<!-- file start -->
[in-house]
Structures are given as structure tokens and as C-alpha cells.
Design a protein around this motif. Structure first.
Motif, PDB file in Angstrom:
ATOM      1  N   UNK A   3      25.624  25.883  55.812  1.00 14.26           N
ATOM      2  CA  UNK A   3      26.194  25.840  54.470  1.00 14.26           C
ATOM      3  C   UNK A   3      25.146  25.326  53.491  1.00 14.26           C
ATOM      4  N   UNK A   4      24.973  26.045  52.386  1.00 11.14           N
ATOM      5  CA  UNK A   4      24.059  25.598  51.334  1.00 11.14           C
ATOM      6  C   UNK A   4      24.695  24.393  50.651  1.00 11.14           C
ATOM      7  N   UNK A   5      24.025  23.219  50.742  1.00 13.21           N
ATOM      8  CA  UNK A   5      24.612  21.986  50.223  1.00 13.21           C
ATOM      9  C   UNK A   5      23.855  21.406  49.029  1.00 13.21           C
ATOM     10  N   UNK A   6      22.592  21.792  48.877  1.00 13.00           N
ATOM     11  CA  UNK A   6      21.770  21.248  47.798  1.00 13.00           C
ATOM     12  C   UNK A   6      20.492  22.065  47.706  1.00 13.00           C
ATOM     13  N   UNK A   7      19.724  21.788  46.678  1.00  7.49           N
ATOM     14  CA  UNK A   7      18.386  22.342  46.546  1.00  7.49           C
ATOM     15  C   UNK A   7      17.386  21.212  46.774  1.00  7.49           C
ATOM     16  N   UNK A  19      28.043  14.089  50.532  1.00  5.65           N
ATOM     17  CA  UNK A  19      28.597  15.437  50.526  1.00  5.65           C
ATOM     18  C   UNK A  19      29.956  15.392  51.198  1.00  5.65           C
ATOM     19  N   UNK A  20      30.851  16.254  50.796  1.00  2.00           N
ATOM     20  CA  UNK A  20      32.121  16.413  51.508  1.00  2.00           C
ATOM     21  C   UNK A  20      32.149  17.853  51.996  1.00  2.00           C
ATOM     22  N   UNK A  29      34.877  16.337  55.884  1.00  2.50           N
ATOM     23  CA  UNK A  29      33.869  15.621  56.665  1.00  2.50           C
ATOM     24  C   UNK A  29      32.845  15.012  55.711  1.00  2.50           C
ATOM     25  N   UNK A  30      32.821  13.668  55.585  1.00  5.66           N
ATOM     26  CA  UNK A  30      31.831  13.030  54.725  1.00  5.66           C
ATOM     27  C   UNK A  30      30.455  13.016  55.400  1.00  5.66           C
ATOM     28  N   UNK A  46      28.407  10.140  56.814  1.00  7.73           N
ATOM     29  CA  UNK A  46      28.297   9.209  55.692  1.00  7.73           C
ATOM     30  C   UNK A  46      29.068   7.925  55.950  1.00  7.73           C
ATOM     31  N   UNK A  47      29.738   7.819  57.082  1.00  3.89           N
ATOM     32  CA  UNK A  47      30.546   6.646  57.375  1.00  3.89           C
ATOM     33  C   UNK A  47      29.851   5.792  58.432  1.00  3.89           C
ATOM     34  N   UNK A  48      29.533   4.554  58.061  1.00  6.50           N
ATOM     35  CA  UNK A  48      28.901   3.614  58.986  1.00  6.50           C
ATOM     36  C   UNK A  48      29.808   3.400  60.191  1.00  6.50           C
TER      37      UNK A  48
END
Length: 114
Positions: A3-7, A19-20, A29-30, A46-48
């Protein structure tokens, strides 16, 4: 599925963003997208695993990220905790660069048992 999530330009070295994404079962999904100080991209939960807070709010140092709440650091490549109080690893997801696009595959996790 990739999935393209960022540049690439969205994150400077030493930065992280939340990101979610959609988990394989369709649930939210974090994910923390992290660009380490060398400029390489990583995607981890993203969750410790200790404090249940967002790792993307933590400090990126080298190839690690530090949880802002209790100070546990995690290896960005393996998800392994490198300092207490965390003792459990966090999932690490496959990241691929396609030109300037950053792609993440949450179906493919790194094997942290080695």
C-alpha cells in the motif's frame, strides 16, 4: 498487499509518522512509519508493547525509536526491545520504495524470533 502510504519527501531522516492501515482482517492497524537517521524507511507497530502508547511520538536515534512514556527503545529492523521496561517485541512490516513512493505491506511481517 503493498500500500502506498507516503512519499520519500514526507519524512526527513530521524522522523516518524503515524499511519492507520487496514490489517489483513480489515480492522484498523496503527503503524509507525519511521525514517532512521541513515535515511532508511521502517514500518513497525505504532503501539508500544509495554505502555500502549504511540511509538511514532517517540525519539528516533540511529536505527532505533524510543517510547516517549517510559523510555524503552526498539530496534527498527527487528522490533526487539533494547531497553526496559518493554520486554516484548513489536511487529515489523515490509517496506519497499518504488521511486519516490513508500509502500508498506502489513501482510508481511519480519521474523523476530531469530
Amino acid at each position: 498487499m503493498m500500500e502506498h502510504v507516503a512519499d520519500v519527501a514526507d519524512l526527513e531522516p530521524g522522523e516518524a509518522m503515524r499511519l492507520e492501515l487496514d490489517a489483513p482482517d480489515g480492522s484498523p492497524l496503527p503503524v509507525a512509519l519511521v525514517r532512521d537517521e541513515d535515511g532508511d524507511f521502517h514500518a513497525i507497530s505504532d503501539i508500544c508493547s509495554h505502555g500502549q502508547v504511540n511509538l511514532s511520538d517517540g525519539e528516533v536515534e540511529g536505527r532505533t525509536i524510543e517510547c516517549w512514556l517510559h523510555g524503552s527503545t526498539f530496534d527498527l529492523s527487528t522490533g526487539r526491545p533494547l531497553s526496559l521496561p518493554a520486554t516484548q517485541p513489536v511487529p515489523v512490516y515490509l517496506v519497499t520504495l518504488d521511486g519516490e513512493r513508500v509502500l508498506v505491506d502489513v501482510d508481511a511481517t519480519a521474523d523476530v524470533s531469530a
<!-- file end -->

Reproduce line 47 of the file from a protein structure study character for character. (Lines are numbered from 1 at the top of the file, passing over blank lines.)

Amino acid at each position: 498487499m503493498m500500500e502506498h502510504v507516503a512519499d520519500v519527501a514526507d519524512l526527513e531522516p530521524g522522523e516518524a509518522m503515524r499511519l492507520e492501515l487496514d490489517a489483513p482482517d480489515g480492522s484498523p492497524l496503527p503503524v509507525a512509519l519511521v525514517r532512521d537517521e541513515d535515511g532508511d524507511f521502517h514500518a513497525i507497530s505504532d503501539i508500544c508493547s509495554h505502555g500502549q502508547v504511540n511509538l511514532s511520538d517517540g525519539e528516533v536515534e540511529g536505527r532505533t525509536i524510543e517510547c516517549w512514556l517510559h523510555g524503552s527503545t526498539f530496534d527498527l529492523s527487528t522490533g526487539r526491545p533494547l531497553s526496559l521496561p518493554a520486554t516484548q517485541p513489536v511487529p515489523v512490516y515490509l517496506v519497499t520504495l518504488d521511486g519516490e513512493r513508500v509502500l508498506v505491506d502489513v501482510d508481511a511481517t519480519a521474523d523476530v524470533s531469530a